As of Nov. 24, all group fitness classes at Saanich recreation centres have been cancelled and a mask mandate has been implemented amid new COVID-19 public health orders. (Black Press Media file photo)
Swimming, skating continue at Saanich recreation, exercise groups cancelled

New mask mandate implemented for all common spaces

Mandy Farmer, CEO of Accent Inns and Hotel Zed, was given the RBC Canadian Women Entrepreneur Excellence Award on Wednesday evening. (Provided by Deepa Pillay)
Accent Inns, Hotel Zed CEO earns prestigious award

Mandy Farmer wins RBC Canadian Women Entrepreneur Excellence Award

Central Saanich Police impounded two vehicles in less than hours for excessive spending Monday evening and Tuesday morning, handing out $1,185 and 15 points in total fines during some nine hours. Both incidents happened at intersection of Highway 17 and Island View Road. (Central Saanich Police/Twitter)
Central Saanich police hand out almost $1,200 in excessive speeding fines

One driver received 12, the other driver three points

Tourists are being asked to postpone their non-essential trips to Tofino as COVID-19 cases rise across Vancouver Island, but at least one accommodation provider is offering conflicting messaging. (Westerly file photo)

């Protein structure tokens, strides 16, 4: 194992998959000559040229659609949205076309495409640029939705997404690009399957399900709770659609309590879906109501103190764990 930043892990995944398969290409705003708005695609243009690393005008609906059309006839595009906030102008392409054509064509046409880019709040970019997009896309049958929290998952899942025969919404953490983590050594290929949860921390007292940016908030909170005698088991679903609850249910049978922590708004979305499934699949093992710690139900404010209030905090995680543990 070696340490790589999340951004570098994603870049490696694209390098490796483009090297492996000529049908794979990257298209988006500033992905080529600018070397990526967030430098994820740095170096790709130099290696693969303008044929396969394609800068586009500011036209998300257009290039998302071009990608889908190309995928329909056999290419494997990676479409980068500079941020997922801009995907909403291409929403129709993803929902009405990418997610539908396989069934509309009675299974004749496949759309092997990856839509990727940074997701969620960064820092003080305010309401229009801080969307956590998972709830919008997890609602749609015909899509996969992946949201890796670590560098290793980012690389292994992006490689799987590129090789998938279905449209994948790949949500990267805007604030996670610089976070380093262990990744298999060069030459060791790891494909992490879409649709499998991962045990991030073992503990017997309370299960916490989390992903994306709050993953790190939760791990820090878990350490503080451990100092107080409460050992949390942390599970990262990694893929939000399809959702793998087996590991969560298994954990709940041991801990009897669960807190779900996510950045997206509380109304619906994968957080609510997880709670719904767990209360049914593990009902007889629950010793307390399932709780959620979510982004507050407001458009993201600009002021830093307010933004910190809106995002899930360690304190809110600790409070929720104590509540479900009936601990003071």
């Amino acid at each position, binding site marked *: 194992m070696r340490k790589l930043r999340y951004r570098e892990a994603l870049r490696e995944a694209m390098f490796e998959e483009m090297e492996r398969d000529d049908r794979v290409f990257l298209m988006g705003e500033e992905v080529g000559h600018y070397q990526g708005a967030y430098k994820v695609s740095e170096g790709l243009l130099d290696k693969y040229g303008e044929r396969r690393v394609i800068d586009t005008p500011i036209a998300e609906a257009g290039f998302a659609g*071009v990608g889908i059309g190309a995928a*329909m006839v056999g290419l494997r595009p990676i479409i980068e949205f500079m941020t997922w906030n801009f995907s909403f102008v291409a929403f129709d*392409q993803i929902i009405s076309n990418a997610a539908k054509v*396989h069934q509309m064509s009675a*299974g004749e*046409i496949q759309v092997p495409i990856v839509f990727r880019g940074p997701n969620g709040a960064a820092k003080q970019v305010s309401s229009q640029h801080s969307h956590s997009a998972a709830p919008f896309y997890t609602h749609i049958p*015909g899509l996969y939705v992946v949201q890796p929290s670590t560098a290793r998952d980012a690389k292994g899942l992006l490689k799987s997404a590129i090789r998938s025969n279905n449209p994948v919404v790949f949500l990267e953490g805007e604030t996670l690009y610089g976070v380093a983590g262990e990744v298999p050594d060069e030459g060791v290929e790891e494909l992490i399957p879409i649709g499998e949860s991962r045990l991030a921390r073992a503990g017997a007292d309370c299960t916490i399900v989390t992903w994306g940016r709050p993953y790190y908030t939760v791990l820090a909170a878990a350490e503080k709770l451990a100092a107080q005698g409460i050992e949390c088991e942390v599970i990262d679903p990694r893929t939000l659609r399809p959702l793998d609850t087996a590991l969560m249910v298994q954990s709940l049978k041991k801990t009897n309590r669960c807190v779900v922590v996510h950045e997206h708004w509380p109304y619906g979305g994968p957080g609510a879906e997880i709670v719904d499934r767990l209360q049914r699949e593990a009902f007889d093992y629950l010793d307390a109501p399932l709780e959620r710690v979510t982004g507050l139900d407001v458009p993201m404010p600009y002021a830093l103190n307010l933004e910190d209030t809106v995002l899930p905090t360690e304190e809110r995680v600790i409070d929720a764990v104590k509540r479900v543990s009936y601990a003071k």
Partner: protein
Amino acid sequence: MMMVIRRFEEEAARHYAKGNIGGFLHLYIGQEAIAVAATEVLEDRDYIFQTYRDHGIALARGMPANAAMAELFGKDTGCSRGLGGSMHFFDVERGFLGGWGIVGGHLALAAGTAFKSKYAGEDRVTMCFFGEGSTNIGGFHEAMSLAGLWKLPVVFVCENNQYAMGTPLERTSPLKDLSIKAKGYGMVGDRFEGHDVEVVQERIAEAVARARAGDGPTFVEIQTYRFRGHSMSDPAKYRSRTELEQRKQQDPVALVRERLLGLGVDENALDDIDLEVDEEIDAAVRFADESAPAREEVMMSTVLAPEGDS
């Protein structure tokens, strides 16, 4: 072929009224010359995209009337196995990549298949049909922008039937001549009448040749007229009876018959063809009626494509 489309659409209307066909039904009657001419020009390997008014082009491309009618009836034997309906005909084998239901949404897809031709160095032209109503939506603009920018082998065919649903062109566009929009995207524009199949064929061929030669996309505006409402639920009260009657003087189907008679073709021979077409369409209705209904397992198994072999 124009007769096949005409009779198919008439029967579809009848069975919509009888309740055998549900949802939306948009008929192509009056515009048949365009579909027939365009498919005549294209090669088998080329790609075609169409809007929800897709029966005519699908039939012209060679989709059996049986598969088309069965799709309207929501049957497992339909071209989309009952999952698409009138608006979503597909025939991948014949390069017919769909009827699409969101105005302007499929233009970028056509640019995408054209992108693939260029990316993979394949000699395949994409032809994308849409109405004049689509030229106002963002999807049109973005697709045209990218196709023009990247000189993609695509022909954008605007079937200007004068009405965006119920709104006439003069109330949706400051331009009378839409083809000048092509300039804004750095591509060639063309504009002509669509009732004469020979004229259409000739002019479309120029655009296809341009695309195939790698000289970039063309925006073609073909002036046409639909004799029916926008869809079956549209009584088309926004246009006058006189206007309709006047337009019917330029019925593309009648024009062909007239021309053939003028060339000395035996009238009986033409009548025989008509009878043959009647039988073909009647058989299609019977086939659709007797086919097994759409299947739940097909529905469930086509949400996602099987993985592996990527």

Victoria woman says Tofino Airbnb host encouraged travel despite provincial restrictions

“The only way I would get a refund is if she would be able to rebook the suite for that weekend.”

People wearing face masks to help curb the spread of COVID-19 cross a street in downtown Vancouver, on Sunday, November 22, 2020. The use of masks is mandatory in indoor public and retail spaces in the province. THE CANADIAN PRESS/Darryl Dyck
B.C. reports 17 COVID deaths, 1,933 new cases as hospitalizations surge over the weekend

There are 277 people in hospital, of whom 59 are in ICU or critical care

BC Teachers' Federation President Teri Mooring is asking parents of school-aged children to encourage the wearing of masks when possible in schools. (THE CANADIAN PRESS/Chad Hipolito)
LETTER: Teachers union encourages culture of mask wearing in B.C. schools

BCTF President Teri Mooring asks parents to talk with children about wearing masks in school